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All Quiet on the Western Front… or is it?

Those of us who enjoy wildlife viewing do not see much this time of year.   The days are shorter and colder.  Most creatures have left or are hiding from the winter air.  We grew up learning about hibernation and winter life for animals.  But why do they do this? And are all of them doing so?

Beautiful white dunes of the Florida Panhandle.
Photo: Rick O’Connor

It is all about temperature.  Our bodies have an internal temperature that must remain within a specific range for us to survive.  Some creatures can survive at much higher temperatures than others, such as the desert pupfish.  This fish lives in pools out west where water temperatures average 93°F.  Others can live in very low temps, such as the Antarctic icefish – who live in water in the 28°F range.  But most live with body temperatures in the 85-95°F, and most prefer to keep their body temperatures near the upper limit of their tolerance range.

 

How do they do this when it is cold outside?

 

Well, the can absorb heat externally – from the sun, the ground, being in contact with warm solid objects, and even from the air.  For some creatures, this is their primary method of absorbing heat.  We call them “ectotherms” – or “cold blooded”.  These “cold bloods” have low metabolism, so they do not generate enough internal heat to help.  Many also have an outer covering (scales) that is not a good insulator, so they cannot hold on to the heat they do produce.  Most “cold bloods” are no where to be found this time of year.  It is far too cold outside.  Their food (the source for internal metabolic heat) is nowhere to be found either.  Some of the “cold bloods” will find a burrow, or some location out of the elements and go into torpor (sleep).  Torpor will allow them to slow their metabolism, which is going to happen anyway, to where their heart and respiration rates drop dramatically.  This reduces the chance of losing more heat during breathing (which happens) and the low metabolism allows them to survive on stored energy until spring.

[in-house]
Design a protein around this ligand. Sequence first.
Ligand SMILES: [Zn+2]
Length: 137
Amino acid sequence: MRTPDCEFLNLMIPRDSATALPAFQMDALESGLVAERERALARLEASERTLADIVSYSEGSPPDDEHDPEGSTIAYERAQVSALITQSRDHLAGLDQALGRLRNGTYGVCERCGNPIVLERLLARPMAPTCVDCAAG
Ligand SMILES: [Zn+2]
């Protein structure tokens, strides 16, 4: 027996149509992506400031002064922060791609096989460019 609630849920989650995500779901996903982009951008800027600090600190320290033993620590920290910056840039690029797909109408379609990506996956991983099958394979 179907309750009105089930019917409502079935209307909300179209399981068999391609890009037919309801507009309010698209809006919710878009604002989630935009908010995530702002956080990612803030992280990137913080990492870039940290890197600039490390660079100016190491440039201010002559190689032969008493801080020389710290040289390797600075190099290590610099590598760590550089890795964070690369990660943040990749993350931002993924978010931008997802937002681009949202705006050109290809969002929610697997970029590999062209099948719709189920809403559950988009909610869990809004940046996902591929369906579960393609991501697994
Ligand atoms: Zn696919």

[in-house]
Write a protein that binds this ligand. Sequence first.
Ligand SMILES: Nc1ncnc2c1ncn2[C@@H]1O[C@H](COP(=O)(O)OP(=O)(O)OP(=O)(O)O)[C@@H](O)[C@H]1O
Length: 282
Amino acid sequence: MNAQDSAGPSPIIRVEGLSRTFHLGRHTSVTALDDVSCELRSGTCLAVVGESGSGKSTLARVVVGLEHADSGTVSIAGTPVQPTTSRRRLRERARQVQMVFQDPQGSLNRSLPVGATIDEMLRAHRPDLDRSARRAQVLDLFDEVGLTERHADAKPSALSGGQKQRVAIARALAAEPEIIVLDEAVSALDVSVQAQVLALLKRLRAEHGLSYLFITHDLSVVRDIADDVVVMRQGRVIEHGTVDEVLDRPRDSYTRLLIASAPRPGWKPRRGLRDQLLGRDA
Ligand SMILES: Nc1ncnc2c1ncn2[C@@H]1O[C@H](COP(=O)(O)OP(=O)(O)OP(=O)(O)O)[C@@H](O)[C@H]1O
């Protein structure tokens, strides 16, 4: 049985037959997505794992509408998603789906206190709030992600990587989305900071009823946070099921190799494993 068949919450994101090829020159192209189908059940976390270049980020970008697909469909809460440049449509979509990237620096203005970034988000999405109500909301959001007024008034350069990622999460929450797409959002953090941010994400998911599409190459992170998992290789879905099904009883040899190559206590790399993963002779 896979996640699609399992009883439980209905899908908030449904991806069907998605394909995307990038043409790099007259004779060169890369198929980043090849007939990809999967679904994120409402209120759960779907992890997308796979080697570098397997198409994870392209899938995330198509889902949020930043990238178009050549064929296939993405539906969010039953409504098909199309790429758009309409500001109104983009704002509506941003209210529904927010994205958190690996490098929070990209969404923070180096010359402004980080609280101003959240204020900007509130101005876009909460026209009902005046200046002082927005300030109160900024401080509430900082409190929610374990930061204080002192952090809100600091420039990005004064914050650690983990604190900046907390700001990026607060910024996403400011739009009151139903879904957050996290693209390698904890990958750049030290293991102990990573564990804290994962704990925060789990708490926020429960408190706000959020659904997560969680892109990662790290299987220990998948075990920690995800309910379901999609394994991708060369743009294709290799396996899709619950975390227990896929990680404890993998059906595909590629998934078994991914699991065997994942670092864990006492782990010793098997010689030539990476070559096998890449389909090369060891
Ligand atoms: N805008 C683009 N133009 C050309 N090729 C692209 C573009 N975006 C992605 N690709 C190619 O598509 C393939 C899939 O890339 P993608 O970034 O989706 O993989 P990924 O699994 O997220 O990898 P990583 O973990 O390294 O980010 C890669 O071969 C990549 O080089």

A cottonmouth crossing the sand can absorb heat from the sun.
Photo: Rick O’Connor